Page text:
I didn't get home until nearly 1 a.m., but woke TW, whose first words were "Where have you been?" Seems he'd stayed up until 11, much past his usual bedtime. When I told him what had kept me, he let me have it for not calling him. He didn't yell, just shook his finger at me in mock ferocity and gave me that "look" - you know, the one that says "and what if I'd pulled something like that?"

Thursday morning had me on the phone trying to set up my stress test, which was something of a stress test in itself. (Some days I would cheerfully subject the inventor of voice mail to a very s-l-o-w, excruciating demise!) While I was on the phone, I started getting the pins-and-needles down my left arm again. Since I'd been having the stitch-in-the-side feeling for a while, that had me calling my HMO's advice line; the nurse's verdict - back to the ER.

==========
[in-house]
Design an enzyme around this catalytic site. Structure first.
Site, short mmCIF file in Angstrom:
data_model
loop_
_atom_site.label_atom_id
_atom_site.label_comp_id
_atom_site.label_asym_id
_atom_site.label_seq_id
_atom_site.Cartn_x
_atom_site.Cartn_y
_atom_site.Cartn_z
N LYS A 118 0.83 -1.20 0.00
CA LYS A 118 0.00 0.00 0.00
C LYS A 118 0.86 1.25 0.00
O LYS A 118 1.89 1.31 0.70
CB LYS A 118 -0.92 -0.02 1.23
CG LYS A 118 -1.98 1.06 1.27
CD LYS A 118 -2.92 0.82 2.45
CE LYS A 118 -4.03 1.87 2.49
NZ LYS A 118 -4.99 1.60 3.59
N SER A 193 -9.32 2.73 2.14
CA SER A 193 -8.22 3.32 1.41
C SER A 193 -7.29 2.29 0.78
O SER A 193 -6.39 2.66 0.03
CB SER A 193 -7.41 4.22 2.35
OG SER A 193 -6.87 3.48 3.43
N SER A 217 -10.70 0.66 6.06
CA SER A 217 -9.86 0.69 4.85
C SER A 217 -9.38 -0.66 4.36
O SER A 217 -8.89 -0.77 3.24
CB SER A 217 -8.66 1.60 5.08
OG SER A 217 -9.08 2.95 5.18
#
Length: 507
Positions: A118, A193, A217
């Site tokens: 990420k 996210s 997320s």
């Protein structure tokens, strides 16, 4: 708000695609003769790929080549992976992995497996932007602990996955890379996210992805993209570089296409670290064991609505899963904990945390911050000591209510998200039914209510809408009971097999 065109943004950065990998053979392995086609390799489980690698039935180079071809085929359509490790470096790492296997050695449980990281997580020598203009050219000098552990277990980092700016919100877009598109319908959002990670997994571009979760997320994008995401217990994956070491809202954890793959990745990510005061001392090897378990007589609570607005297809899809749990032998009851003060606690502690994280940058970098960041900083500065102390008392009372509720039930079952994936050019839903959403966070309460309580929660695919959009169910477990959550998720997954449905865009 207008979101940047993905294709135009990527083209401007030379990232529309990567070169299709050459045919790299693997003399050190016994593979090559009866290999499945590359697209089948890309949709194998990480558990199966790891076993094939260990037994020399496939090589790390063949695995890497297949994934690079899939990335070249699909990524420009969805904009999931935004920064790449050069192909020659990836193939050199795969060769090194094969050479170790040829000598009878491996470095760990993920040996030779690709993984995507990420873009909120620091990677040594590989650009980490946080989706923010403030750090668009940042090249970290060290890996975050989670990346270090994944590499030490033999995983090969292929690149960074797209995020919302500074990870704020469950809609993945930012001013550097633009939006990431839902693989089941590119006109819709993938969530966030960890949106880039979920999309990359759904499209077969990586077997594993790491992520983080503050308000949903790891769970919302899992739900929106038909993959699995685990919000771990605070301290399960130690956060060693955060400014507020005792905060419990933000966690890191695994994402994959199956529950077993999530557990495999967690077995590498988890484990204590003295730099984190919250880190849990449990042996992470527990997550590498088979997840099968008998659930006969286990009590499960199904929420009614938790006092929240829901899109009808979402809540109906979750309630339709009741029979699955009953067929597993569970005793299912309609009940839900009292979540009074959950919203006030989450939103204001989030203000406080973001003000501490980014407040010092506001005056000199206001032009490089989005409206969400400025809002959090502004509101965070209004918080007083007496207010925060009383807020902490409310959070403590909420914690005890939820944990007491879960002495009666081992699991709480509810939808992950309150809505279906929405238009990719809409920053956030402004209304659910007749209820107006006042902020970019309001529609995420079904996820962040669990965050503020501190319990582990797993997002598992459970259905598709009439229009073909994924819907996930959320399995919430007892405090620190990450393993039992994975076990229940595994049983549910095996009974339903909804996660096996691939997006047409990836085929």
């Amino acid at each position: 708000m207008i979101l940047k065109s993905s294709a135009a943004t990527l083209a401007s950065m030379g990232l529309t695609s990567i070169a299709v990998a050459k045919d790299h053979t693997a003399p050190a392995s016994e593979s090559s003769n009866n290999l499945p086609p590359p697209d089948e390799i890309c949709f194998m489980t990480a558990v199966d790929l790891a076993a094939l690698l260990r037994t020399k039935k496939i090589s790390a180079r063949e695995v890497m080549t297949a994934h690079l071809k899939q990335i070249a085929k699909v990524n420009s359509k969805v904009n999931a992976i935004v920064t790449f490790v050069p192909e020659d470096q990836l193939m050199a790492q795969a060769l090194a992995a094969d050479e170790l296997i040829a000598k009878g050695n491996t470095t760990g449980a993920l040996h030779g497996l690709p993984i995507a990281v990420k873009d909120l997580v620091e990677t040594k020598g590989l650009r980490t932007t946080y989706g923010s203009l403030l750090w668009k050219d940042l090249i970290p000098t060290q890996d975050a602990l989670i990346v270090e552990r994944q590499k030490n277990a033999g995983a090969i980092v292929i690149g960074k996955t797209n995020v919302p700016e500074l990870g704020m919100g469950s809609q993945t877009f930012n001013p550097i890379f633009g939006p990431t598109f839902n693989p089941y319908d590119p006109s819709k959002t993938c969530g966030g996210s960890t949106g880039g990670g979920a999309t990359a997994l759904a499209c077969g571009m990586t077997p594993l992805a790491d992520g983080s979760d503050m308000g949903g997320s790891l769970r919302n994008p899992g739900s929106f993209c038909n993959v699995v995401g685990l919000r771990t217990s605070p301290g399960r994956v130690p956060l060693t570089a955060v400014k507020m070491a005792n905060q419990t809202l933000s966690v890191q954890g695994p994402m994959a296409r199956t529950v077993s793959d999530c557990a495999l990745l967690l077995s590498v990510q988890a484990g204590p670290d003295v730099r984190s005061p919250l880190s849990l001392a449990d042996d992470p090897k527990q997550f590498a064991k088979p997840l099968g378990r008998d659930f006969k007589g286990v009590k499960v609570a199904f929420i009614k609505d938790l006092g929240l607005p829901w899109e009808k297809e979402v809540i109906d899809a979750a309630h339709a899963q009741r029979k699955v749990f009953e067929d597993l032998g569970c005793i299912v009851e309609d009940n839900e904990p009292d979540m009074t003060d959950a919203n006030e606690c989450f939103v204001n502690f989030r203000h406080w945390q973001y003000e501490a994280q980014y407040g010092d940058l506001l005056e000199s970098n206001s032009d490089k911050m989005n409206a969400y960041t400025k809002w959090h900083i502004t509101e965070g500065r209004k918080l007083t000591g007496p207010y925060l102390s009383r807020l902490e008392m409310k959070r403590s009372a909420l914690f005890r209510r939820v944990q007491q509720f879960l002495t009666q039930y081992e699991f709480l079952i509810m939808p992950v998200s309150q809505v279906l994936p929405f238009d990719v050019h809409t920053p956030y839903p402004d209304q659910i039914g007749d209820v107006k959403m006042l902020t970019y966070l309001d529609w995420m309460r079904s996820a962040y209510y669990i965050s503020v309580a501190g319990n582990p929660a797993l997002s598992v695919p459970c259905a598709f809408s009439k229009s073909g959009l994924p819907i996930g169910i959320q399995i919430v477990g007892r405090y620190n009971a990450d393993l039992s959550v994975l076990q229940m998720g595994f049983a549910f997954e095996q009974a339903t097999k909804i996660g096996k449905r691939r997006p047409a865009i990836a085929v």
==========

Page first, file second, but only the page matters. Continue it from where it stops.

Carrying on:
This time TW drove me to a hospital closer to home (and where my HMO's cardiology department had an office). Once again, chest pains and left arm tingling zipped me to the head of the line and they took me straight back to be EKGed again. This time, when they sat me up to move me to another area, I got a nasty twinge, so they rolled me instead of walking me back. Again with the monitor, which of course didn't use the same leads as the EKG, and the blood draw, and since this was my second "episode" in less than 24 hours, they decided to admit me instead of sending me home while awaiting my stress test the next morning.